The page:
Rejection Sermon / Luke 4:16–30 / Pr. Ted Giese / Sunday January 27th 2019: Season of Epiphany / Mount Olive Lutheran Church - Image 5Then again most people just put rejection out of their mind and continue to strive on. In fact this is a key to success in many instances, overcoming rejection and carrying on often paves the way forward. It’s the dwelling on rejection or wallowing in it that can hinder and harm a person. Yet rejection is a rather common thing, we all deal with it to some extent, but surly the perfect son of God, Jesus, the Christ didn’t have to deal with rejection? In our Gospel lesson today we hear of a time when Jesus was rejected by people who you’d think would have embraced Him.       

Rejection Sermon / Luke 4:16–30 / Pr. Ted Giese / Sunday January 27th 2019: Season of Epiphany / Mount Olive Lutheran Church - Image 2You’d think Jesus would be received as a hometown hero, but He wasn’t. Even though Jesus was in the town where He was raised by His adoptive father Joseph and His mother Mary the people there didn’t know him the way that you know Jesus. They didn’t have the full picture of who He was or would be. In a way they didn’t know what they were even rejecting. They thought this Jesus was making a blasphemous claim, when after reading from the Book of Isaiah in Synagogue Jesus had said, “Today this Scripture has been fulfilled in your hearing.” What? Isaiah was writing about you they thought? You think the prophet Isaiah was writing about you? Get a load of this guy! Now Scripture tells us that Jesus was clearly gracious in His speech and they marveled at how He said all of this, but could they believe what He was saying? With this hometown crowd Jesus stood on the brink between acceptance and rejection. What do people say these days, "Extraordinary claims require extraordinary evidence?" so Jesus says to them, “Doubtless you will quote to Me this proverb, ‘“Physician, heal yourself.” What we have heard You did at Capernaum, do here in Your hometown as well.’”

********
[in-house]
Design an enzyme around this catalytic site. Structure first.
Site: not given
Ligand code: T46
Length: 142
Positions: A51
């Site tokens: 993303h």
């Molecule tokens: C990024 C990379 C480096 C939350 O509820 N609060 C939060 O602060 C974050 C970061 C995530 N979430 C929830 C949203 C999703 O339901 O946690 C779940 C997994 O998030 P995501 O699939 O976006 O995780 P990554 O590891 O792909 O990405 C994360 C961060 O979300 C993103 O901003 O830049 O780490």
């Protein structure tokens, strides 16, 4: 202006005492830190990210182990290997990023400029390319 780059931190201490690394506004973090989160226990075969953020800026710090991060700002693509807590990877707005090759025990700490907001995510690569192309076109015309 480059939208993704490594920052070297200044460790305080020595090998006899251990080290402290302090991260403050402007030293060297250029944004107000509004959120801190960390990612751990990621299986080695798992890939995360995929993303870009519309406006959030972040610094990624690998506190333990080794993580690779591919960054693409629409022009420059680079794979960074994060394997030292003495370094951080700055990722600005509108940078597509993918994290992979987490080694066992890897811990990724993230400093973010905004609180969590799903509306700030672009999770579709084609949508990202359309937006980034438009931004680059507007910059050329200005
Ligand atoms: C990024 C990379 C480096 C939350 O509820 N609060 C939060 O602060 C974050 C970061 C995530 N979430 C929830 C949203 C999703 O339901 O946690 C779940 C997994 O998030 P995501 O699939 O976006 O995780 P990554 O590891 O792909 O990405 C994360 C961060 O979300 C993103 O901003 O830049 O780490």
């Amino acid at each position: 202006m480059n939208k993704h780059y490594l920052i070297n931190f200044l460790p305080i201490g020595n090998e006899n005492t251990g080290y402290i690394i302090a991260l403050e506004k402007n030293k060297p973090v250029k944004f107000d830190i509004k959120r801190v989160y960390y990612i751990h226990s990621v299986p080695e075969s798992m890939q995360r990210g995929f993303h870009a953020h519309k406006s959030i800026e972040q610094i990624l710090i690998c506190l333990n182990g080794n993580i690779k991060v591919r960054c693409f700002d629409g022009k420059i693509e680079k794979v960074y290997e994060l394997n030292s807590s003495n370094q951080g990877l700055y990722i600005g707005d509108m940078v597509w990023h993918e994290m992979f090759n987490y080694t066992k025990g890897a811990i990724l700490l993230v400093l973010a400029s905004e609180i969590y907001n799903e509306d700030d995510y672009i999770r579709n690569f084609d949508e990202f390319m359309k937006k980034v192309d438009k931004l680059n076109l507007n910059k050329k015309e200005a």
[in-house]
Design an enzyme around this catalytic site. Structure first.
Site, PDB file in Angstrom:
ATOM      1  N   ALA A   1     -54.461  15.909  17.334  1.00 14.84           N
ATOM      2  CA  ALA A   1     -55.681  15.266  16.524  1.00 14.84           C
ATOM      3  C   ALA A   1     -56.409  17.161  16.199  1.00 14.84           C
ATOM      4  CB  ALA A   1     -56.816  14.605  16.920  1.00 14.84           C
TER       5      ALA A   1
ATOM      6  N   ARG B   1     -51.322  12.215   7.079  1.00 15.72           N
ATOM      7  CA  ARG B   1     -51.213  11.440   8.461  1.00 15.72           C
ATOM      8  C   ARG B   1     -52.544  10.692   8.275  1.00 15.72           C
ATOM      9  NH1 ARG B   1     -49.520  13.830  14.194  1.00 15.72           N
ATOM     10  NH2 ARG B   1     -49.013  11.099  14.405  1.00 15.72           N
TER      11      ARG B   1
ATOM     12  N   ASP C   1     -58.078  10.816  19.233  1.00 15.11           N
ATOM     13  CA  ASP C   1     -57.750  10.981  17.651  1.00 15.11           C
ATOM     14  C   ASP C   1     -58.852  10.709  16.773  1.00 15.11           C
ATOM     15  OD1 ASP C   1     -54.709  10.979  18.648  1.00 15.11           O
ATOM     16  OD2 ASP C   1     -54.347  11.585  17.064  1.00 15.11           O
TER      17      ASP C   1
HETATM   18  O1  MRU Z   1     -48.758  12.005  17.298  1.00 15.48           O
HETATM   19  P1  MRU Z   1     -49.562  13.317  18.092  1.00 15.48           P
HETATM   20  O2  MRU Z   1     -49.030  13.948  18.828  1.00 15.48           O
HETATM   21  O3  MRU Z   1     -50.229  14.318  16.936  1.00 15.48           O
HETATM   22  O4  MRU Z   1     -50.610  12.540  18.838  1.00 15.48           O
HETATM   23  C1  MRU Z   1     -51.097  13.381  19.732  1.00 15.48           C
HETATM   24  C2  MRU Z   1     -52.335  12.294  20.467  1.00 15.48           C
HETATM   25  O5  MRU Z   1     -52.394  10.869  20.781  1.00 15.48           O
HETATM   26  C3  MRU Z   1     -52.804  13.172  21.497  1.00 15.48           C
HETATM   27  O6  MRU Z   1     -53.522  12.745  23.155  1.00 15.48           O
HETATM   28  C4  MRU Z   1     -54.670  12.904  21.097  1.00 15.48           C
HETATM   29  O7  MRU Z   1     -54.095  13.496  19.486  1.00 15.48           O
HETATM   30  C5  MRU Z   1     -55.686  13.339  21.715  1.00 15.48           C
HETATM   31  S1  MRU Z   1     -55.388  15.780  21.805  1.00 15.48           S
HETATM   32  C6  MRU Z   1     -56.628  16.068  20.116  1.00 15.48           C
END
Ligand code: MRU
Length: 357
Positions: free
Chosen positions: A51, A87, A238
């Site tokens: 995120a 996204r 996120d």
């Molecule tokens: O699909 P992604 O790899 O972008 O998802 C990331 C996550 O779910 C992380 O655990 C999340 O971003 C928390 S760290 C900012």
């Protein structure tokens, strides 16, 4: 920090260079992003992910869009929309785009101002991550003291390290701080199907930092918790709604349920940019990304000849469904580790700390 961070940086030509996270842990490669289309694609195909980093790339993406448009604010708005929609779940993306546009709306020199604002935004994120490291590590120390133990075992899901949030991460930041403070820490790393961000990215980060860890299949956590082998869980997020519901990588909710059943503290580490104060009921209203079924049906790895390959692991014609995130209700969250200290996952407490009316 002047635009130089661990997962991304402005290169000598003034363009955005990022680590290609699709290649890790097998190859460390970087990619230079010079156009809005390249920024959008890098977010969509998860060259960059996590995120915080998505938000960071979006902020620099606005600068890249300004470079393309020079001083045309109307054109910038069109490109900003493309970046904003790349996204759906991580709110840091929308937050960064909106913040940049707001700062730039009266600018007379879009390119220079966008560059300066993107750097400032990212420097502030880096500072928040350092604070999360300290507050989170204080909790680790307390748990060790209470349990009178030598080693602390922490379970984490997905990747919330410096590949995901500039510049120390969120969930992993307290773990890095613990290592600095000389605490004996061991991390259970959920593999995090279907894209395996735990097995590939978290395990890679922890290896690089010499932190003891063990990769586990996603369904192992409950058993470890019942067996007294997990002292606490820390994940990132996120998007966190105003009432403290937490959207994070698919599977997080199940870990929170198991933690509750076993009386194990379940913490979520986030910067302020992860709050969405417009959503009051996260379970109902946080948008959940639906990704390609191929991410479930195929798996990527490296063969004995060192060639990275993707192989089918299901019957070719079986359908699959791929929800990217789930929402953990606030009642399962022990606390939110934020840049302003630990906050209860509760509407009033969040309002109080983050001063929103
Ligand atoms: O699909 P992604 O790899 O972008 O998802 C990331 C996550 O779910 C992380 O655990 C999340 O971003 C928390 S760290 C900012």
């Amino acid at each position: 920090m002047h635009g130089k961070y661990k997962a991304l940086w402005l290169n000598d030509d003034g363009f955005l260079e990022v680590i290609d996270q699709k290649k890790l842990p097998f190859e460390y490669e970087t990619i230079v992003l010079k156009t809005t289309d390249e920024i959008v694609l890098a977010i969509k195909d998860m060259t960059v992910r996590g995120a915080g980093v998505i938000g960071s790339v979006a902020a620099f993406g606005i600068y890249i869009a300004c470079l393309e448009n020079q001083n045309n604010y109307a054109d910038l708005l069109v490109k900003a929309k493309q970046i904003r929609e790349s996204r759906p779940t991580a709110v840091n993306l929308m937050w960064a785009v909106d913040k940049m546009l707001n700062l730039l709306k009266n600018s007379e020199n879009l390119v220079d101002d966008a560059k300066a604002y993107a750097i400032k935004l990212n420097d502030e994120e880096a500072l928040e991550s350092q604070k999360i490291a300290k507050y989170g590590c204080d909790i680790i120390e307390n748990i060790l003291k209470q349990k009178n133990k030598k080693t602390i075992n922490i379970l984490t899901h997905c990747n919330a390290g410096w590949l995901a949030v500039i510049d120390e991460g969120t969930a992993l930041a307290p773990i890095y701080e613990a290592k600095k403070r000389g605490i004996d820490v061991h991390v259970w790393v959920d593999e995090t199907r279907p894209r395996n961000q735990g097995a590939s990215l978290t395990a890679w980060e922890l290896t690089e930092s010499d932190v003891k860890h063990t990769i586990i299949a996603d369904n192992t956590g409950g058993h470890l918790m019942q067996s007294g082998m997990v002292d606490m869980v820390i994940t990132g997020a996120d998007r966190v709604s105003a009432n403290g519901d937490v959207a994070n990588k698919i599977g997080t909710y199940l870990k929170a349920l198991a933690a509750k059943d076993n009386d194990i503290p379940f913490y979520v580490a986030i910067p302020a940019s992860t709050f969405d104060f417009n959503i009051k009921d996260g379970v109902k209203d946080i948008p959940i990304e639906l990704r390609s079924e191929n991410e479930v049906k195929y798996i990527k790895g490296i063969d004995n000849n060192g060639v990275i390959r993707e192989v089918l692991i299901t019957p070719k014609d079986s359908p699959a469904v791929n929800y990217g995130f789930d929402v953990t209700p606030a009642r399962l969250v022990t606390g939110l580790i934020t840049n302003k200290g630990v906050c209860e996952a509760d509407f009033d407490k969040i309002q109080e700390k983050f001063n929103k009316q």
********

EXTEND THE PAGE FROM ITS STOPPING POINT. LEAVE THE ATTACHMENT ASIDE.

Rejection Sermon / Luke 4:16–30 / Pr. Ted Giese / Sunday January 27th 2019: Season of Epiphany / Mount Olive Lutheran Church - Image 4If you pop over to the Gospel of St. Mark to hear the account detailed there you’ll find that it says that Jesus “could do no mighty work there, except that He laid His hands on a few sick people and healed them.” Mark tells us that Jesus “marveled because of their unbelief [there in Nazareth].”[1] In today’s reading from the Gospel of St. Luke Jesus basically says God works His miracles where and when He wills it for His purposes and that God isn’t one to dance just because you play the tune. Jesus gives a couple of Old Testament examples of the selective and purposeful nature of God’s miraculous works ending it off by saying, “there were many lepers [people with leprosy] in Israel in the time of the prophet Elisha, and none of them was cleansed, but only Naaman the Syrian.” And if you know that story Naaman was no Jew, meaning just because you call the tune as one of God’s chosen people doesn’t mean that God is obliged to dance for your amusement or to satisfy your curiosity. They of course don’t like what this implied and as St. Luke put it “when they heard these things, all in the synagogue were filled with wrath. And they rose up and drove [Jesus] out of the town and brought Him to the brow of the hill on which their town was built, so that they could throw Him down the cliff.” Rejection.